We think investors should ask companies for more detail on how they’re reducing the retail-related impact on ozone depletion, which is mainly due to the storage time and leakage of refrigerants. For example, shortening the storage time from 7 to 3 days can reduces the impact of ozone depletion by more than half (54%).11 In addition, better insulation in ice cream freezers and lowering shipping temperatures are among the options. Expanding the use of environmentally friendly packaging solutions will also be vital.
We believe that investors should also consider how the ice cream sector is impacted by climate change and how companies respond to these challenges. For example, rising temperatures can affect cow milk productivity; in hot climate conditions, cows tend to eat less, and this reduces the amount of milk they produce. Water shortages due to climate change are another significant challenge as dairy products are the third-largest food product category in terms of water footprint.12
As global warming impacts production of ice cream ingredients, leading ice cream companies are taking measures to mitigate these risks. For example, according to the International Union for the Conservation of Nature, vanilla crops are facing the highest risk of extinction due to rising temperatures exacerbated by climate change.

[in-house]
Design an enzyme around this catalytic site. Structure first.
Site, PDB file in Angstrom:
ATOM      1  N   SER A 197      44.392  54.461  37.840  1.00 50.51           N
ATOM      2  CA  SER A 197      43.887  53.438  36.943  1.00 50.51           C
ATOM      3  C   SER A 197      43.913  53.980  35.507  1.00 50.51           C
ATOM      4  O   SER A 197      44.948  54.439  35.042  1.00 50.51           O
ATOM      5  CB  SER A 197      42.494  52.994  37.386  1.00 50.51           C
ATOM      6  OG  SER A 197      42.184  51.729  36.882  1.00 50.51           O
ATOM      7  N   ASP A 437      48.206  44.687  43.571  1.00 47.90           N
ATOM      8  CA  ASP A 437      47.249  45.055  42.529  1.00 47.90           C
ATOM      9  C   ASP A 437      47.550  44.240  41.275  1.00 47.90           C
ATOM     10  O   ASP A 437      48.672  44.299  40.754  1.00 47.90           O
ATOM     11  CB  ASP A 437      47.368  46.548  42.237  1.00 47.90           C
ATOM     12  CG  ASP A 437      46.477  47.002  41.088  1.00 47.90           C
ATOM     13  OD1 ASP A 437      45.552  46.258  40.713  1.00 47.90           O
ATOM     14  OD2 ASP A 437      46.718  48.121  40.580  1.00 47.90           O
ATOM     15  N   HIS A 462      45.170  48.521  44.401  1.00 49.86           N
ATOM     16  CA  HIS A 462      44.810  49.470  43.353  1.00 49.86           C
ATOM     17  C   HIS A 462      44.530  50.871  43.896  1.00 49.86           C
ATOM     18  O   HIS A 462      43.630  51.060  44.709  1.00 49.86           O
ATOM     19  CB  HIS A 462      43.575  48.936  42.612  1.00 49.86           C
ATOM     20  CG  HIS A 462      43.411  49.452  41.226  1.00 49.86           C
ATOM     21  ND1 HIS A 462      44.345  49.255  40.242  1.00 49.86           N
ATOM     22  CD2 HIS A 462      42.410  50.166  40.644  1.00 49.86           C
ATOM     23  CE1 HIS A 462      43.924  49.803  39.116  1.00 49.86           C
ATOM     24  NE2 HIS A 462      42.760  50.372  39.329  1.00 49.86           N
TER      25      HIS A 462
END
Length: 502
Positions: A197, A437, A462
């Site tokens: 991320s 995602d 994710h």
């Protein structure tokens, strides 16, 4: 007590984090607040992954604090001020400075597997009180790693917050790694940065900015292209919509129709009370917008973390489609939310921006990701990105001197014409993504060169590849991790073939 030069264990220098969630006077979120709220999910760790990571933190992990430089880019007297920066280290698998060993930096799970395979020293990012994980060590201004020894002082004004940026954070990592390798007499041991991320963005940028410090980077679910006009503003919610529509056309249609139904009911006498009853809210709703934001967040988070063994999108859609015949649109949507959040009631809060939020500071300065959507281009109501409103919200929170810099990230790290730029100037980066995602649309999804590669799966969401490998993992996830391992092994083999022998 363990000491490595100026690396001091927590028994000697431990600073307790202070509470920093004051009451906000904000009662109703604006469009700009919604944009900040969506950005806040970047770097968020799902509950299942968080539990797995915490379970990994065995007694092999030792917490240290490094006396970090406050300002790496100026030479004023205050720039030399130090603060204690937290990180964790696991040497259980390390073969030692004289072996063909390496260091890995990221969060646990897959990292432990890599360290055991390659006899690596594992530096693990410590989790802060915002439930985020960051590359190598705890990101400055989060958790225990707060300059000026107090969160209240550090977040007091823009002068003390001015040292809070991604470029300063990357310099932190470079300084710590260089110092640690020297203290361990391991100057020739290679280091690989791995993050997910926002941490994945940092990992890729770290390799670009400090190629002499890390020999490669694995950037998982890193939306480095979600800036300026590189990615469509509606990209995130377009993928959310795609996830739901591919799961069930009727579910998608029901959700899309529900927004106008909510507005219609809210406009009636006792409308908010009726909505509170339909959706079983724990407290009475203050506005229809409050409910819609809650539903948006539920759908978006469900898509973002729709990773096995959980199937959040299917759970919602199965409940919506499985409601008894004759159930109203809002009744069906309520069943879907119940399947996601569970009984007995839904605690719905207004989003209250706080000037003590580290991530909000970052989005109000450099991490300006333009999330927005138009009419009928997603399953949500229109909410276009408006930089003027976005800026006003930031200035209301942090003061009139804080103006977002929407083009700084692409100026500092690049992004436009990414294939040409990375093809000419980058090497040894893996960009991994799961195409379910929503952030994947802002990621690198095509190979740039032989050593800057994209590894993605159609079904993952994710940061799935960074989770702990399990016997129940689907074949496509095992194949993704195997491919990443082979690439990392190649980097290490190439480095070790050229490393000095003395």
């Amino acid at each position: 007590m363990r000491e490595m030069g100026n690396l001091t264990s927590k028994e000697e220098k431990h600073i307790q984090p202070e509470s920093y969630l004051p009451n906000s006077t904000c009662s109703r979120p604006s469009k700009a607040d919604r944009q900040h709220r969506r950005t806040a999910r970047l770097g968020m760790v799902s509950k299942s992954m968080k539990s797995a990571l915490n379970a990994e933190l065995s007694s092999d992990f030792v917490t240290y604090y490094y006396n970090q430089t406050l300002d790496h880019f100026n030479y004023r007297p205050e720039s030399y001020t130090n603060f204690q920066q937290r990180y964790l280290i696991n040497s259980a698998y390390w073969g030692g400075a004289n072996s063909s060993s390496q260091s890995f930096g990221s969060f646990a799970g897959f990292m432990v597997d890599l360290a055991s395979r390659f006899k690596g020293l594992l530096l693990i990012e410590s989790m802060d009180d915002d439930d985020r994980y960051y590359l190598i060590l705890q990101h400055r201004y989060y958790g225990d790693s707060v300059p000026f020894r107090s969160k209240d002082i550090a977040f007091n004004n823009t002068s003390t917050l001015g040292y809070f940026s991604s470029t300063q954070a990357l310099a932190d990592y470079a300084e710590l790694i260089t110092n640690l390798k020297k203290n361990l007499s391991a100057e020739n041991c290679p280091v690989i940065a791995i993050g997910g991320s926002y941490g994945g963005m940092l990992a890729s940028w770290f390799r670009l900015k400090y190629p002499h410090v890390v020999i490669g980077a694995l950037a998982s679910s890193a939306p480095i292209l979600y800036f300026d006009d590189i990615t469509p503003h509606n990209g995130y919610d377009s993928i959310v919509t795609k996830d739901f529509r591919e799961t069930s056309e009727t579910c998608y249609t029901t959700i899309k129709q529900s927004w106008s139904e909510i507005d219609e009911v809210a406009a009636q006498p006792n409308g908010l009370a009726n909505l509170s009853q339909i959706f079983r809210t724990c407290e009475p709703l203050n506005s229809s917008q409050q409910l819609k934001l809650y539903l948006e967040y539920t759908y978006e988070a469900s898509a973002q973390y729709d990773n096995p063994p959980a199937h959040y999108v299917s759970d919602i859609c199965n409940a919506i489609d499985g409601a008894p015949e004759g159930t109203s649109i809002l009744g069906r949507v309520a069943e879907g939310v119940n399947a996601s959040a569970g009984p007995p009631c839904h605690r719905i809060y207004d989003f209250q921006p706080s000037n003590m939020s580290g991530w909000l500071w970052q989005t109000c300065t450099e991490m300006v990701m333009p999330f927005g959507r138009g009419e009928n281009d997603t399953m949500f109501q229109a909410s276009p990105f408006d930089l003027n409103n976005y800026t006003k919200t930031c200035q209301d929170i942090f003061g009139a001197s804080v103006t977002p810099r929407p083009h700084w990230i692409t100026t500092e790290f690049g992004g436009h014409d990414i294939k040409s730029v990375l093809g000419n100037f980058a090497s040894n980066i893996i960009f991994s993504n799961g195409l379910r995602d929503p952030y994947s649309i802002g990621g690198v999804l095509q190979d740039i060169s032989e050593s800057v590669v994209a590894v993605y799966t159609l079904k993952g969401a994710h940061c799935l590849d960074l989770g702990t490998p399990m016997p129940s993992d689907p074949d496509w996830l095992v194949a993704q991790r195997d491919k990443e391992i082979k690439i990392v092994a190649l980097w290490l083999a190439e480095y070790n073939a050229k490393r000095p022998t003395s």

Similarly, global cocoa production is threatened by climate change, as according to the International Centre for Tropical Agriculture, rising temperatures in the tropical equatorial countries may significantly impact the suitability of the main-producing countries for cocoa production over the coming years. To mitigate these risks, leading cocoa processing companies are diversifying their supply sources and developing sustainable agricultural practices.
Investors should continue to scrutinise companies’ commitments in the ice cream industry, in our view; with future improvements focusing on the raw materials stage, especially raw milk production, as well as vanilla and cocoa cultivation. Other areas of potential investor attention include energy reduction during the refrigeration stage, plugging refrigerant leaks, correct labelling of ingredients, honest marketing practices and social impacts on workers in supply chains. With investor input, we can help make ice cream more sustainably delicious over time.
1. Grand View Research, Ice Cream Market Size, Industry Report, 2022-2030
2. A Konstantas et al, Evaluation of environmental sustainability of biscuits at the product and sectoral levels, Journal of Cleaner Production, 2019
3. WWF, Milk’s impact on the environment, 2019
4&6. A Konstantas et al, Environmental impacts of ice cream, Journal of Cleaner Production, 2018
5. WWF, Ice cream’s impact on the environment, 2016
7. A Ntiamoah and G Afrane, Environmental impacts of cocoa production and processing in Ghana: life cycle assessment approach, The Journal of Cleaner Production, 16 (2008)
8. Danwatch, Every single vanilla orchid must be pollinated by hand
9&10. For example, P Lykke Lind, Madagascar's £152m vanilla industry soured by child labour and poverty, The Guardian, 2016
11. A Konstantas et al., Environmental impacts of ice cream, Journal of Cleaner Production, 2018
12. Philip Shine et al, A Global Review of Monitoring, Modeling, and Analyses of Water Demand in Dairy Farming, 2021